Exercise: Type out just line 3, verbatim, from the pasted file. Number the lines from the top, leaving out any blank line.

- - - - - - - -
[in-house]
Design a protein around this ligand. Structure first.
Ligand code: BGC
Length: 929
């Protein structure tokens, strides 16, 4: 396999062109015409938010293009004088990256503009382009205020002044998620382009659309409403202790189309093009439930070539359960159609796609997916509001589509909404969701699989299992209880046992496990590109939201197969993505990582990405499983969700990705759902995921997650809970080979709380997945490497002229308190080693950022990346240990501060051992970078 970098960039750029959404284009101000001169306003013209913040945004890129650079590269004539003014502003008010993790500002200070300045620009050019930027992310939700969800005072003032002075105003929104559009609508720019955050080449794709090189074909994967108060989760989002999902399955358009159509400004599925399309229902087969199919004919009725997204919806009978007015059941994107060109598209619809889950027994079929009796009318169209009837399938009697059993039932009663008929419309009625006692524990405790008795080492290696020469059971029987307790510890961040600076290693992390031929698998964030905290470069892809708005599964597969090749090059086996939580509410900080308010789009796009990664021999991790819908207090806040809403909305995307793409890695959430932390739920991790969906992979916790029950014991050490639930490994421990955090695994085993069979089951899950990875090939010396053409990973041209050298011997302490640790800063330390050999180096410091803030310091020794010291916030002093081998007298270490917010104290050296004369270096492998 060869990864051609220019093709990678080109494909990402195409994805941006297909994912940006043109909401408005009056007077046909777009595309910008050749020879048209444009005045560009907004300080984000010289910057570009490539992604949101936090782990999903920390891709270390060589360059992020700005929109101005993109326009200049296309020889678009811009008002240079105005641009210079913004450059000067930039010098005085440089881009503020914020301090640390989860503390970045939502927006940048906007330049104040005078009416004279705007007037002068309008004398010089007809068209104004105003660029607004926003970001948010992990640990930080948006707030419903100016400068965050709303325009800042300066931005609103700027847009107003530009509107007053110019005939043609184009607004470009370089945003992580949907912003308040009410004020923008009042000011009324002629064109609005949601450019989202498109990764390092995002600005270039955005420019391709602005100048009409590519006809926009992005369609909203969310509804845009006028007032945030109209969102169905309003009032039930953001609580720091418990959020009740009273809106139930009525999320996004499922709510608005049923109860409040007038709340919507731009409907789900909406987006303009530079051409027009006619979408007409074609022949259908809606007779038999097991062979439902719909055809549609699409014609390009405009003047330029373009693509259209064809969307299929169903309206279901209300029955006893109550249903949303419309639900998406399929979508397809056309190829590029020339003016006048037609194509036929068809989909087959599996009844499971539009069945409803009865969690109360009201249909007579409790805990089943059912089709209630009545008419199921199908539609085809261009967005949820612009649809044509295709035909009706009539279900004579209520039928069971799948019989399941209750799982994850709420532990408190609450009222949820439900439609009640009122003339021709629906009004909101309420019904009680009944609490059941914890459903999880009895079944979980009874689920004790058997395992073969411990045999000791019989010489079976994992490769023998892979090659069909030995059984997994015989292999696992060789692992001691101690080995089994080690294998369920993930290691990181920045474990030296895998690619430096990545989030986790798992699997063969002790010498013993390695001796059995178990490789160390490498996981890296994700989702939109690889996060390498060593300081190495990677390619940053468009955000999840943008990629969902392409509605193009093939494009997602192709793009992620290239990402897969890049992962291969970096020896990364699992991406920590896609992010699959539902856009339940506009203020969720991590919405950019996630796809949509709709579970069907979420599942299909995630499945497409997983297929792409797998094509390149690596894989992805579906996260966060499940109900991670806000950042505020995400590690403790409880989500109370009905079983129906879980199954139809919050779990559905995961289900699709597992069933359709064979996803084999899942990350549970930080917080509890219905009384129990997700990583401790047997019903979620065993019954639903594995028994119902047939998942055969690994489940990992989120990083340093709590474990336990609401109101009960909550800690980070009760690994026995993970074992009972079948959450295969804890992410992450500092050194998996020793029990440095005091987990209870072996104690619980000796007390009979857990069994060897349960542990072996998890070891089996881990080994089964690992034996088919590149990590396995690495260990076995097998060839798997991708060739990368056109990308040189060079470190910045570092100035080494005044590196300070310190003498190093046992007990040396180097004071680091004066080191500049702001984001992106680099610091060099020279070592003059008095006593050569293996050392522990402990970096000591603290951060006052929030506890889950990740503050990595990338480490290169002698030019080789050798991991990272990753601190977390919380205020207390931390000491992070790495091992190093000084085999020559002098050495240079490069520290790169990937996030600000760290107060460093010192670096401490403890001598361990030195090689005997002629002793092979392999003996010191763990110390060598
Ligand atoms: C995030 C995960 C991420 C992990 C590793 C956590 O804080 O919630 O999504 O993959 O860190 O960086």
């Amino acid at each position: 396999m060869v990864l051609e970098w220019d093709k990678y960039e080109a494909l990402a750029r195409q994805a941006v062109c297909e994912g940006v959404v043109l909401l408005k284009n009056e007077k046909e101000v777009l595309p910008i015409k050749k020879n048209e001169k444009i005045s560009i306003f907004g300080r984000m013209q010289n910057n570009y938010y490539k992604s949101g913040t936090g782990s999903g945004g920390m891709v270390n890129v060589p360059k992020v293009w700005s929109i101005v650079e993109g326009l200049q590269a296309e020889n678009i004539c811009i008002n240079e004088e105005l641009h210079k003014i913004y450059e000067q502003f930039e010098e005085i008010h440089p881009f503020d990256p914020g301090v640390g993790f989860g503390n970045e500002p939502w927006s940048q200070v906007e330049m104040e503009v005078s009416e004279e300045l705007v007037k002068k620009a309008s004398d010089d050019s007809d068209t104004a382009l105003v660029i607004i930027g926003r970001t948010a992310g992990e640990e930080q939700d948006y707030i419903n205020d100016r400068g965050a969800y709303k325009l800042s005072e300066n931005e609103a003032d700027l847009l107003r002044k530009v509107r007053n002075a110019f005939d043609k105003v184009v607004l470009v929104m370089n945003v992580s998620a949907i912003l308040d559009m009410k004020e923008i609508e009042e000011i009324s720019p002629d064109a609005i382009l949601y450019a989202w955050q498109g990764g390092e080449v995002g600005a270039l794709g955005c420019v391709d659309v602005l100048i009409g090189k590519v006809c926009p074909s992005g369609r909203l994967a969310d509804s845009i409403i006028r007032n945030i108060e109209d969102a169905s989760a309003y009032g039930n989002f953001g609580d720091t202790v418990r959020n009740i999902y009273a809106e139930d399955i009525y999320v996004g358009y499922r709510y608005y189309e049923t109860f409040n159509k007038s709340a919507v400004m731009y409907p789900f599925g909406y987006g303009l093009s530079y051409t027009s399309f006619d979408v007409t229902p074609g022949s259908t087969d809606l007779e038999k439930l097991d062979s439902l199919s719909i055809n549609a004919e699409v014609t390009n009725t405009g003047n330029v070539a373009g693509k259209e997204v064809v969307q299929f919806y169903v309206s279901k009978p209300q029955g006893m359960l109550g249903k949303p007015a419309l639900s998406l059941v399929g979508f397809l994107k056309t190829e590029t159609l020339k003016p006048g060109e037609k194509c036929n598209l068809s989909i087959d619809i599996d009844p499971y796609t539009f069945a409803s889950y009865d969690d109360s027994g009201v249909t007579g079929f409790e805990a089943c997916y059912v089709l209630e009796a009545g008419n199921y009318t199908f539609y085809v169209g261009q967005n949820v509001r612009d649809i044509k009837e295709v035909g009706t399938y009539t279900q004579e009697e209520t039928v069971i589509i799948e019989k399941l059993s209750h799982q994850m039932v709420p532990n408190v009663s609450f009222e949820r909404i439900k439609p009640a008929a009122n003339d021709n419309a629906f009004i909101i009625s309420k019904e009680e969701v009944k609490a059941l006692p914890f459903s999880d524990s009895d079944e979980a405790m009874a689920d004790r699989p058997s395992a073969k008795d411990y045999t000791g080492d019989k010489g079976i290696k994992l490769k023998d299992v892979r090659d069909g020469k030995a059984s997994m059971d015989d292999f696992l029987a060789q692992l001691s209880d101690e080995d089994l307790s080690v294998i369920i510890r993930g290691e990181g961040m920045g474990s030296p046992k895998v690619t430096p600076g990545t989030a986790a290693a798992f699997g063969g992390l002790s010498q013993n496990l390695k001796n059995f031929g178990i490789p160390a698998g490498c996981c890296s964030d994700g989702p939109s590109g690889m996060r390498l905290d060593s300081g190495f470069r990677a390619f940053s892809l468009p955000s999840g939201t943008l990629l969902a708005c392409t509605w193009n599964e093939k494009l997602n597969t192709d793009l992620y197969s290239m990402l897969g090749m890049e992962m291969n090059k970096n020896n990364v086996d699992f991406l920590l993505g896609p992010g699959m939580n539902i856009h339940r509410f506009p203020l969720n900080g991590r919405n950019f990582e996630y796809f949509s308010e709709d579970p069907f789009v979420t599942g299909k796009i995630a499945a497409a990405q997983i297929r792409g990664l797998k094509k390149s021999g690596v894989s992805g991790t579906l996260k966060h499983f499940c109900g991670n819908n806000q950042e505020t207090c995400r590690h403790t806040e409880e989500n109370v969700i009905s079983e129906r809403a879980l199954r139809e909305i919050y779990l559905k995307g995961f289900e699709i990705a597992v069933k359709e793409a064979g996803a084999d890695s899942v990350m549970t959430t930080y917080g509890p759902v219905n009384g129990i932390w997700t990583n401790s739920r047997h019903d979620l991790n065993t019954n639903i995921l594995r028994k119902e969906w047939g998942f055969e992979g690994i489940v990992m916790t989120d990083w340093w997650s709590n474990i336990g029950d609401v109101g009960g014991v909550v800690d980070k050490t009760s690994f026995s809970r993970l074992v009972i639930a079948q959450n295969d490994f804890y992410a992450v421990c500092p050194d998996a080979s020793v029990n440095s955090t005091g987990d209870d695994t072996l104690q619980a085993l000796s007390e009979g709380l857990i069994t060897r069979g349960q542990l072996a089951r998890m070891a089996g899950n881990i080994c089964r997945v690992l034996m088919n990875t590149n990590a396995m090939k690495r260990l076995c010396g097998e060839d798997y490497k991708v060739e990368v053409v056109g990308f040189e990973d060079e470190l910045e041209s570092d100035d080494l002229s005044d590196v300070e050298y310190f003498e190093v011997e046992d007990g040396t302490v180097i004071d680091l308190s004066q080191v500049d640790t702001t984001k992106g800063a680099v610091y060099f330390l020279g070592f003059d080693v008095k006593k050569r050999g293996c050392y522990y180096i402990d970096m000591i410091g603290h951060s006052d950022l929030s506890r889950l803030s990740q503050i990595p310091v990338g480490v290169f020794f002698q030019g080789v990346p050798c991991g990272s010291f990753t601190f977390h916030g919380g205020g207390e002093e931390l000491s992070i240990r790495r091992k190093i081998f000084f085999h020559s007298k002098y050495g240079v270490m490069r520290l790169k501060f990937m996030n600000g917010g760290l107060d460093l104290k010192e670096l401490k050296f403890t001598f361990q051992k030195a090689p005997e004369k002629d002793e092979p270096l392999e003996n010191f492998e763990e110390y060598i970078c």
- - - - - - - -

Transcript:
Ligand code: BGC